Here we go then; our first product review. These will be few and far between as we use this website to pontificate about things we’ve enjoyed and/or found useful in the world of toy trains.
Yep - well; SPROG II, actually. It’s a ‘computer based programmer for DCC decoders’ or so it says here. Assuming it really was that simple I decided to give it a whirl, my choice was for the USB version and I bought the recommended power supply at the same time. I ordered it from the sprog-dcc.co.uk website. A day or so later a jiffy bag dropped through the letterbox containing the SPROG, its power supply, a software CD and to my genuine surprise; the cables required to get it all working.
The SPROG itself is a dinky little cream box, about half the size of a pack of 20 Golden Throat Charmers with a set of sockets each end. On one end a standard USB type ‘B’ socket which plugs using the supplied lead into your PC. At the other end of this little box is a four-pole socket, which takes the cable from the power supply. Two of the connections on this plug are unused and it’s to these that the wires to/from your Programming track must be connected.
And it really is that simple.
Hmm, not entirely convinced about this bit. For goodness sake take your time to identify what software you’ll need to install. The Java application is almost certain to be needed, so too the JMRI software. I use Windows XP SP2 on my PC so needed to manually install two drivers from the supplied disc. Take your came/time with this stage and all will be well – I managed to install mine first try; even if it was a bit convoluted.
It’s worth remembering that the guys behind SPROG do not count as one of the big consumer electronics companies and so the installation is more ‘fit-for-purpose’ than ‘flashy’.
What follows is a run through of DecoderPro v1.6.1 as we were using in 2006 when I first got hold of the SPROG. The current version is a lot less clunky, has more decoder types in it and seems to be all round a much more mature product. The SPROG too has had its fair share of updates - the current version even proving remarkably capable at programming 'difficult' sound decoders.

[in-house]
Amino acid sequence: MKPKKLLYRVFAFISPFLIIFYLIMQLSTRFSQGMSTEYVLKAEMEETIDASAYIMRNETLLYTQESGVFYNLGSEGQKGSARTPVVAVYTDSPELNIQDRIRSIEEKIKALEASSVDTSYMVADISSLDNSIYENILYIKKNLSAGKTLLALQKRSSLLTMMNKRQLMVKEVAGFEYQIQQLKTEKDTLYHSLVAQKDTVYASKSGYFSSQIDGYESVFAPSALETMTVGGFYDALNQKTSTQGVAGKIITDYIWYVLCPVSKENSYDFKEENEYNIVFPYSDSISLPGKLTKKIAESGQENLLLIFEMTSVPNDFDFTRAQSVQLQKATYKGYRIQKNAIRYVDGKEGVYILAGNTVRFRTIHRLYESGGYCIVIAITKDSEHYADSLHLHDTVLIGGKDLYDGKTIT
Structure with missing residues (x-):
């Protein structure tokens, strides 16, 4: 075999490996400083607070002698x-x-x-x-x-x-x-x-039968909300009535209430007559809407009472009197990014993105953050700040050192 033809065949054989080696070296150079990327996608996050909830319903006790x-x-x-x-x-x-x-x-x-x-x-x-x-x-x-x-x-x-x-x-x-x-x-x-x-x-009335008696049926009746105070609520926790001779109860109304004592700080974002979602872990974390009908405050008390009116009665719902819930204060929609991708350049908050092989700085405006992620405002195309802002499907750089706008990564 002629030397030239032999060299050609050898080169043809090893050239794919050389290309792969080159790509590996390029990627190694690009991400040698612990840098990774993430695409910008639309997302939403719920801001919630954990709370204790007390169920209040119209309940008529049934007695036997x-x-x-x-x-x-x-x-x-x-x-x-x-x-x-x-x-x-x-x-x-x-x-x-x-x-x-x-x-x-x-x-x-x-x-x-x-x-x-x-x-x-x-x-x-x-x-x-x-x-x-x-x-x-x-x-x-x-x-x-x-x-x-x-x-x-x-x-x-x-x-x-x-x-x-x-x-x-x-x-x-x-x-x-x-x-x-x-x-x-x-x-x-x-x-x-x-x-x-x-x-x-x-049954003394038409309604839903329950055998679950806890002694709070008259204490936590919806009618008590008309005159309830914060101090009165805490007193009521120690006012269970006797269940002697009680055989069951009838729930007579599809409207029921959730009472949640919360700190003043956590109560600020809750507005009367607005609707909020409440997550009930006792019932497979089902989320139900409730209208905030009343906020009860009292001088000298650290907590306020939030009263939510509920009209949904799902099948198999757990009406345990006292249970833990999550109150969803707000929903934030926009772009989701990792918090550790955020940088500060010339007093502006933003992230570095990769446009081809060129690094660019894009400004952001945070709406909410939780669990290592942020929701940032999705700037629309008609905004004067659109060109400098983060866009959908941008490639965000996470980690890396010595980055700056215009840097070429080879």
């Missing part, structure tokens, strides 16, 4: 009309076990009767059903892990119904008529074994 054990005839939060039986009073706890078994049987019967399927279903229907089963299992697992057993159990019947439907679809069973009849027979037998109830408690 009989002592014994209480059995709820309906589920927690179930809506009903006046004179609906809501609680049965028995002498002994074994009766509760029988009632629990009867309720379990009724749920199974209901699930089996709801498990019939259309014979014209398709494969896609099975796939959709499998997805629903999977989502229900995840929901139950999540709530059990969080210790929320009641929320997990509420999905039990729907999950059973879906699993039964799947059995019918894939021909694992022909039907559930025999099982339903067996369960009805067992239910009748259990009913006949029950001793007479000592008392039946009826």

I must admit I really like the JMRI Decoder Pro software interface. It’s a bit clunky but clear and purposeful none the less. Lets have a look at a typical set of screens, in this case for the Lenz ‘Gold’ decoder. As you'd expect; all the screenshots of the software are 'clickable' so you can see larger (in fact near full-size) versions - though I must point out that the slightly 'fuzzy' appearance of some of them is down to the image compression I had to use. The real thing is somewhat clearer!
This is the first screen you're presented with after clicking the icon on your desktop
After clicking the 'Use programming track' button you'll get this screen come up - this gives you a choice of decoders, selected by their manufacturer. There's also the option of selecting a loco from your own roster. The locos you have previously programmed with DecoderPro have their settings saved, they can be accessed from a drop-down menu where it says 'Use locomotive settings for:'. Useful if you need to make a change or two to a previously-programmed loco.
Clicking a couple of the toggles on the left hand side of the screen will get you to the choice of 'Gold' or 'Gold Mini', click on the page icon for the 'Gold' and then the 'Open Programmer' button towards the bottom of the screen.
And now you're into the programming screens. This first one actually records data for your own records. The first field; 'ID' should be filled in now - this is how the entry will appear in the roster.
This is the first true programming screen, it allows you to make a number of changes to the locomotives address and configuration. I've set this one for a 2-digit address of '50' and set to not run on analogue control. As you can see any changes are highlighted (in orange). The buttons along the bottom of the screen are present on every screen, so you can chose either to write the changes on a sheet by sheet basis, or make all the changes and then write them all at once, at the end. Easier than plugging through sets of CVs isn't it?